Mitsubishi Ki-30 'Ann'

The Mitsubishi Ki-30 'Ann' was produced as part of the Japanese Army's modernization programme of the mid 1930s, but although its design contained a number of technical 'firsts' for Japan it was a mediocre aircraft, and suffered heavy losses when it came up against determined resistance.

Mitsubishi Ki-30 'Ann' from the right
Mitsubishi Ki-30 'Ann' from the right

By 1936 the modernization programme had produced new fighters, heavy bombers and reconnaissance aircraft, but the Kawasaki Ki-3 and Mitsubishi Ki-2 remained the only light bombers in service. In May 1936 Mitsubishi and Kawasaki were each asked to produce two prototypes for a new light bomber. The new aircraft was to have a maximum speed of 248.5mph at 9,845ft, a normal bomb-load of 661lb, a maximum bomb-load of 992lb and to use one of three possible engines providing 825-850hp.

The eventual Mitsubishi design was a mid-wing monoplane, with an internal bomb bay and a fixed undercarriage. The first prototype was powered by a Mitsubishi Ha-6 radial engine, and made its maiden flight on 28 February 1937. The second prototype, powered by a Nakajima Ha-5 radial engine followed later in the same month. It would be the first operational Japanese army aircraft to be powered by a double-row radial engine, to use an internal weapons bay, have a variable pitch propeller and to have split flaps on the wings.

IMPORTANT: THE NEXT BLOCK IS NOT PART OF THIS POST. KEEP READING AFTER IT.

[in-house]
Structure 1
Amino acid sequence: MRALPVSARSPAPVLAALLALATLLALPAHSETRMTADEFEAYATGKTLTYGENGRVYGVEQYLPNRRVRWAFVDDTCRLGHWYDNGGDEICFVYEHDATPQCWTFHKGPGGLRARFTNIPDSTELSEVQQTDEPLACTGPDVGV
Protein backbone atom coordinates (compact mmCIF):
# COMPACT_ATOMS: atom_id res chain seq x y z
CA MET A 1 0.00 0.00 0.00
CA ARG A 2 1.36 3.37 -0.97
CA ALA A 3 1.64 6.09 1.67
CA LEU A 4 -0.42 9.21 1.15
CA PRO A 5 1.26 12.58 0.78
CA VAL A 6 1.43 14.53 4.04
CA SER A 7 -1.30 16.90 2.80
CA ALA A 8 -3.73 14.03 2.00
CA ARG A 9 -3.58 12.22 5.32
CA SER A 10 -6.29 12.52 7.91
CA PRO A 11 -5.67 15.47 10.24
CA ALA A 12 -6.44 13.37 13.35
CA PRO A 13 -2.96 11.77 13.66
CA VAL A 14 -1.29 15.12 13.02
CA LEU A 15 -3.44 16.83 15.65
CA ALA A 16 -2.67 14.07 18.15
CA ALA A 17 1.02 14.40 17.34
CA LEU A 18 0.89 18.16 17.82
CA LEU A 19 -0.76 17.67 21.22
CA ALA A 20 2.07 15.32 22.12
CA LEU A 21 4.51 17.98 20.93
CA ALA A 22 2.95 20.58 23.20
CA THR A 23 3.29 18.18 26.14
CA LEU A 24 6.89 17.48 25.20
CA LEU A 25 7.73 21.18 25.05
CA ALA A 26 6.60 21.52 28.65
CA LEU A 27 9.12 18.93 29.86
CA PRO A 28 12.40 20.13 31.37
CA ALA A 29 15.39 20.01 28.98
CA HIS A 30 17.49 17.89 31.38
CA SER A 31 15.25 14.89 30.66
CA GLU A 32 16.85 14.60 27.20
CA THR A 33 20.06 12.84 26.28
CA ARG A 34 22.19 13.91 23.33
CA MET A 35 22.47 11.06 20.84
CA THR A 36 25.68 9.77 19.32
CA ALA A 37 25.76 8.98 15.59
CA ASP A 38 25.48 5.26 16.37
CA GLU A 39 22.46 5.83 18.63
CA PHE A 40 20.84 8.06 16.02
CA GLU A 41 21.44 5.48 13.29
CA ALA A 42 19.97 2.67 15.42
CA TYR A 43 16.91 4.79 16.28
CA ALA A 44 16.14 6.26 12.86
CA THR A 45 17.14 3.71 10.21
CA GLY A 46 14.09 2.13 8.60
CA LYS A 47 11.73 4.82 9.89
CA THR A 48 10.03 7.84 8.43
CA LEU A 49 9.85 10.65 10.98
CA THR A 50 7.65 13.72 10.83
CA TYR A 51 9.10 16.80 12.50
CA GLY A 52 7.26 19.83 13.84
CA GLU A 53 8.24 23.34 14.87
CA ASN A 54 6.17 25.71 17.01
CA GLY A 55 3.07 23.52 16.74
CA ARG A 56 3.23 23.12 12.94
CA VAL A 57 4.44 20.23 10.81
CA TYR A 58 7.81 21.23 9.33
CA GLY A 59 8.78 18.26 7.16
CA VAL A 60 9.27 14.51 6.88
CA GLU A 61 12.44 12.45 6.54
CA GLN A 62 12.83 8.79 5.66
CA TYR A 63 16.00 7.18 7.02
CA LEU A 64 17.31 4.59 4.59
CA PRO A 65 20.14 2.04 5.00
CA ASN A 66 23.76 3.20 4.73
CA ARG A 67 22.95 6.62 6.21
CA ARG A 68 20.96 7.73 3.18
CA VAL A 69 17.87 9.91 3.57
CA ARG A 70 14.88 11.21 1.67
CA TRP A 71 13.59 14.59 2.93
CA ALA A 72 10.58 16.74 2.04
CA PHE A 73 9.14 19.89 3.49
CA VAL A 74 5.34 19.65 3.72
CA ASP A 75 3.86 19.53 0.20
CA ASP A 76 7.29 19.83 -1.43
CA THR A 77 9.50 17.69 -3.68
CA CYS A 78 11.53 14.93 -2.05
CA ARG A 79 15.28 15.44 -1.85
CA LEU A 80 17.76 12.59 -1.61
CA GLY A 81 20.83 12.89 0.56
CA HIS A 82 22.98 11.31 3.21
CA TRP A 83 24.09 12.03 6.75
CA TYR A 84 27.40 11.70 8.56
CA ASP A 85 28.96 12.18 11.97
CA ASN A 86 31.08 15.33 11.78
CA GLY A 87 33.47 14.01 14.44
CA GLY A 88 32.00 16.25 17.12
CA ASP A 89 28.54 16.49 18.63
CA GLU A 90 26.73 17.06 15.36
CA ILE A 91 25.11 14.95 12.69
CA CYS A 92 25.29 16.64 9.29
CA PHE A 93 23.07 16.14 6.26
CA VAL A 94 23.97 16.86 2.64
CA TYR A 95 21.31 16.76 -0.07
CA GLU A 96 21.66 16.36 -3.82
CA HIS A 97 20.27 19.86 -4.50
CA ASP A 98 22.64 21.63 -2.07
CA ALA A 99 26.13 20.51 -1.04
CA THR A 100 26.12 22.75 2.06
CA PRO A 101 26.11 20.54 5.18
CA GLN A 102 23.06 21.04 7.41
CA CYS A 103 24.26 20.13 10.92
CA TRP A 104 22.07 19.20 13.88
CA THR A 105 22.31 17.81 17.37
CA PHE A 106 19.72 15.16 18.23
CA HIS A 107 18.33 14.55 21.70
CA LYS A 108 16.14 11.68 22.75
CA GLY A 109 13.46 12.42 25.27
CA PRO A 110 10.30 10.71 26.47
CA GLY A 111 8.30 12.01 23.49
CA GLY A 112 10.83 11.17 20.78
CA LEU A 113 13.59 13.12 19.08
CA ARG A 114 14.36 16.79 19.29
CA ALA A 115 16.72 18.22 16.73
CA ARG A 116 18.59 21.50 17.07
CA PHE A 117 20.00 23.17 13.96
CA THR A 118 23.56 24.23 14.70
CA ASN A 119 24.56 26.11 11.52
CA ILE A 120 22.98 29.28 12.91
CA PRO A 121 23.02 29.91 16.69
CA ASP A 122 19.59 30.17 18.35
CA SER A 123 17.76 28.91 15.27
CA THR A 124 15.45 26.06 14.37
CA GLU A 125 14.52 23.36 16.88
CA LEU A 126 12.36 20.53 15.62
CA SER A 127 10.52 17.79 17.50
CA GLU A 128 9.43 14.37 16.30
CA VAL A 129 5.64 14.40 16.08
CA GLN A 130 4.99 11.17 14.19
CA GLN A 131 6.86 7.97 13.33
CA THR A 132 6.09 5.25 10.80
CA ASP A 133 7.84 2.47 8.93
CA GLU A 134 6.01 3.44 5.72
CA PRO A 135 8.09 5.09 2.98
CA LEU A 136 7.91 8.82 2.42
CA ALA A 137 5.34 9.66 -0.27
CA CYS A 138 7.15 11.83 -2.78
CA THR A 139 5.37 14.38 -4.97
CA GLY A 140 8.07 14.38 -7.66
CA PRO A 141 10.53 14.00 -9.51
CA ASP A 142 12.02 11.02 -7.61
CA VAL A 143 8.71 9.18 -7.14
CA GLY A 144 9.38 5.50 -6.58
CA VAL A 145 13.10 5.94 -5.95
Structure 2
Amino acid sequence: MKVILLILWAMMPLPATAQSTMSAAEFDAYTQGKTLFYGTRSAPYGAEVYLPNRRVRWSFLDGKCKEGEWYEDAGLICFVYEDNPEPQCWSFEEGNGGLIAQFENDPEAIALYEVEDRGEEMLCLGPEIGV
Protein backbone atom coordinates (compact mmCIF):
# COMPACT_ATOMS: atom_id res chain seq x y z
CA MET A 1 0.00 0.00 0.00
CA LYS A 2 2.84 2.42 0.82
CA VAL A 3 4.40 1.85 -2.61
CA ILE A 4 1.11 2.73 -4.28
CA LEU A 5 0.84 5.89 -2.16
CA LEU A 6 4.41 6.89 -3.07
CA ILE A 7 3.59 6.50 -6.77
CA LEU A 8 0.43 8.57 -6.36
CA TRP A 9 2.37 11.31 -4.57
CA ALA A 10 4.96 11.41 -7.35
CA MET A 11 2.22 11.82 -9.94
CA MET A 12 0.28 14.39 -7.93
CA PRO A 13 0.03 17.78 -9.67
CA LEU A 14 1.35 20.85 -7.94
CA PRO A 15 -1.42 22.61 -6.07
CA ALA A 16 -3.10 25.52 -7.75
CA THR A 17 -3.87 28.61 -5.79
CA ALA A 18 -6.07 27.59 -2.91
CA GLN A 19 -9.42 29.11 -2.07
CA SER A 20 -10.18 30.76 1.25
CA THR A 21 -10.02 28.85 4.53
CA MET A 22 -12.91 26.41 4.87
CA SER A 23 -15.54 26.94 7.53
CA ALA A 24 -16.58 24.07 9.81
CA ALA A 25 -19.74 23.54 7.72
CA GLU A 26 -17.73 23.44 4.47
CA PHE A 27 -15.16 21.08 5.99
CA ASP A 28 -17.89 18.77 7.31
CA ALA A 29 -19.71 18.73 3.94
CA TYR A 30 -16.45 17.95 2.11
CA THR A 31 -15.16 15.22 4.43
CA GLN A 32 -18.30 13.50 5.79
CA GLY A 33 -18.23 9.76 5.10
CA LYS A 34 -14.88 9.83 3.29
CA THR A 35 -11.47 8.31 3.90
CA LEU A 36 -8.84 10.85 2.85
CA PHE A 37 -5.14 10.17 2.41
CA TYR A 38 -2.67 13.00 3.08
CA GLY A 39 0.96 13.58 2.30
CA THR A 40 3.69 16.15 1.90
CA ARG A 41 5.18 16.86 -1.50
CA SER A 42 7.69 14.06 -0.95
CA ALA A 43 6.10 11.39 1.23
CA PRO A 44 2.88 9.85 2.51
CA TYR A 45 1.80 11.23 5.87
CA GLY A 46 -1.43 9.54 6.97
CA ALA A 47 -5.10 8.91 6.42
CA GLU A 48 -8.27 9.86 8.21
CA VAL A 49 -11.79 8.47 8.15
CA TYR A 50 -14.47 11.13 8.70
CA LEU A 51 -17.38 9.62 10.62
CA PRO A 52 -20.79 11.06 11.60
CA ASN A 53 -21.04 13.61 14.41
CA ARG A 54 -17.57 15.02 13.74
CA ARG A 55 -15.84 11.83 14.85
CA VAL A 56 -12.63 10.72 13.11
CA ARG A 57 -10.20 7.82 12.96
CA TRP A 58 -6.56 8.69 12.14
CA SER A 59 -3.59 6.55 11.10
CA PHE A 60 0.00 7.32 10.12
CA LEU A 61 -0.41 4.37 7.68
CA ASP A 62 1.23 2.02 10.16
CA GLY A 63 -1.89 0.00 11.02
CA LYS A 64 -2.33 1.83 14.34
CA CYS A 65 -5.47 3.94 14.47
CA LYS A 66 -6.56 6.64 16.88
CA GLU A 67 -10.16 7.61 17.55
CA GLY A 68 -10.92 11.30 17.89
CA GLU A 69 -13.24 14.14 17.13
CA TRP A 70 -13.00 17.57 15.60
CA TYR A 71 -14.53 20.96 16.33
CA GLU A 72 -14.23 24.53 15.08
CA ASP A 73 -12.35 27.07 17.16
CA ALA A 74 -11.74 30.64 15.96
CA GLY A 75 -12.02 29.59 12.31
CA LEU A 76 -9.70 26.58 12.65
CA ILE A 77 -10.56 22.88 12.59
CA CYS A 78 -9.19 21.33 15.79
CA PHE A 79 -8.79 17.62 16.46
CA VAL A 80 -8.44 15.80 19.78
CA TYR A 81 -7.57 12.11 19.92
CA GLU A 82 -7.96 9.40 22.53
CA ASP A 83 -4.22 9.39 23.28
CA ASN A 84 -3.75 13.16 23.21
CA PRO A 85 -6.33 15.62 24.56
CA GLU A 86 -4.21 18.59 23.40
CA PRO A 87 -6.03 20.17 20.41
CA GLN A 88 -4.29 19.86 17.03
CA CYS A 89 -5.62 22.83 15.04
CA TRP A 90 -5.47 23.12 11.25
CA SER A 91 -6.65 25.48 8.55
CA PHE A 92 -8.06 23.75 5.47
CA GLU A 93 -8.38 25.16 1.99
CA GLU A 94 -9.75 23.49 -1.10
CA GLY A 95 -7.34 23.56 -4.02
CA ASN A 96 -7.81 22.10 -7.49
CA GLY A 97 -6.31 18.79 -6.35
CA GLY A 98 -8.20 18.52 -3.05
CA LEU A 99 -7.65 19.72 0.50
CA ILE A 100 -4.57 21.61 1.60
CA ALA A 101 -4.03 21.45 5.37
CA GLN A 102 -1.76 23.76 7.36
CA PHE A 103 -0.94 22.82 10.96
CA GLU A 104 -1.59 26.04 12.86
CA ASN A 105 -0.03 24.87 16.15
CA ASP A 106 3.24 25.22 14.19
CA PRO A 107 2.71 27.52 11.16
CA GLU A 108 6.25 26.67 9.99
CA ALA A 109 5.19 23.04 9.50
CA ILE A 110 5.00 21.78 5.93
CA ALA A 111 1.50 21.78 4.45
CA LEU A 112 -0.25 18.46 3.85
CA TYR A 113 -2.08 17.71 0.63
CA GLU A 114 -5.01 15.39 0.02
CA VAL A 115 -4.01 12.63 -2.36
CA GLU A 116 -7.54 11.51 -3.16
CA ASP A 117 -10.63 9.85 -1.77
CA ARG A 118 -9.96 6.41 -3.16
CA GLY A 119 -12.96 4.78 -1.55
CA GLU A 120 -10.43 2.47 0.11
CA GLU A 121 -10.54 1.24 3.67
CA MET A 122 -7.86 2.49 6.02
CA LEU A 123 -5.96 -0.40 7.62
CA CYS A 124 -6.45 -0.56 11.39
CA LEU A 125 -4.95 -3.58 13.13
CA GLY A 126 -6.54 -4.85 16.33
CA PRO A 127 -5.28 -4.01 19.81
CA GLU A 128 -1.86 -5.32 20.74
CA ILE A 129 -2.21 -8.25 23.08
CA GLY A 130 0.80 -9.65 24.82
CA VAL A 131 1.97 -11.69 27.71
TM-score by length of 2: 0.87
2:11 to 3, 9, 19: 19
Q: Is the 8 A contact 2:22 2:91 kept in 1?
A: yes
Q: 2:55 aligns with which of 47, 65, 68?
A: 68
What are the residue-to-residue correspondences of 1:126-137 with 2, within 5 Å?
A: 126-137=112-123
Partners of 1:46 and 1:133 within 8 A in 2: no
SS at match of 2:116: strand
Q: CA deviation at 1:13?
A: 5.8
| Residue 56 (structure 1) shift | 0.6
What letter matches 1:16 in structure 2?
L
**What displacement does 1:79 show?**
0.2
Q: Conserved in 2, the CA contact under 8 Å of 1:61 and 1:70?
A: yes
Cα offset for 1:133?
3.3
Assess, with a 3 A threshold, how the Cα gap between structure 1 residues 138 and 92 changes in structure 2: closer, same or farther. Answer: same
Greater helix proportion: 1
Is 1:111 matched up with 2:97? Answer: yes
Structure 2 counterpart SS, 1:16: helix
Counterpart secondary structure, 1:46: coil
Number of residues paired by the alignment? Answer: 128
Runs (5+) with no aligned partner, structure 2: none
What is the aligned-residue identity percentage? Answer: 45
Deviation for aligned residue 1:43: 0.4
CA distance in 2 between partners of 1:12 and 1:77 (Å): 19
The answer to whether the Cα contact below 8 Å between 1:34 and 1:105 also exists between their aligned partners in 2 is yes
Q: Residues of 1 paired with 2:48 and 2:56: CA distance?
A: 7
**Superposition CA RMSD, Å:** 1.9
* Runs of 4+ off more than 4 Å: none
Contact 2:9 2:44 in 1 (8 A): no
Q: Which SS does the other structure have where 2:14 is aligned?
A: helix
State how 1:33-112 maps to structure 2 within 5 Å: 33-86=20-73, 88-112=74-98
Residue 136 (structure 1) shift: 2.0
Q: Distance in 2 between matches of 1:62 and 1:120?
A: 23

Both prototypes had better than required performance. The army ordered sixteen service trial aircraft, powered by the Nakajima Ha-5 KAI radial. These were completed by January 1938, and mass production began in March 1938. Mitsubishi built 618 production aircraft, ending in April 1940, another 68 aircraft were built by Tachikawa Dai-Ichi Rikugen Kokusho between 1939 and September 1941

The Ki-30 made its combat debut over China, where it operated with fighter cover and performed quite well. Its pleasant flying characteristics made it popular with its pilots. After Japan entered the Second World War the Ki-30 was used successfully over the Philippines, but as soon as it came up against fighter opposition its lack of speed and defensive armament meant that it suffered heavy casualties. The Ki-30 was quickly withdrawn from the front line, and was used for crew training. Towards the end of the war surviving aircraft were used to carry out kamikaze suicide attacks.

Engine: One Nakajima Ha-5 KAI 14-cylinder radial
Power: 950hp at take-off, 960hp at 11,810ft
Crew: 2
Wing span: 47ft 8in
Length: 33ft 11in
Height: 11ft 11in
Empty Weight: 4,916lb
Loaded Weight: 7,324lb
Max Speed: 263mph at 16,405ft
Cruising Speed: 236mph
Service Ceiling: 28,120ft
Range: 1,056 miles
Armament: Two 7.7mm machine guns, one in port wing, one in rear cockpit
Bomb-load: 882lb/ 400kg maximum, 661lb normal

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How to cite this article: Rickard, J (19 February 2010), Mitsubishi Ki-30 'Ann',

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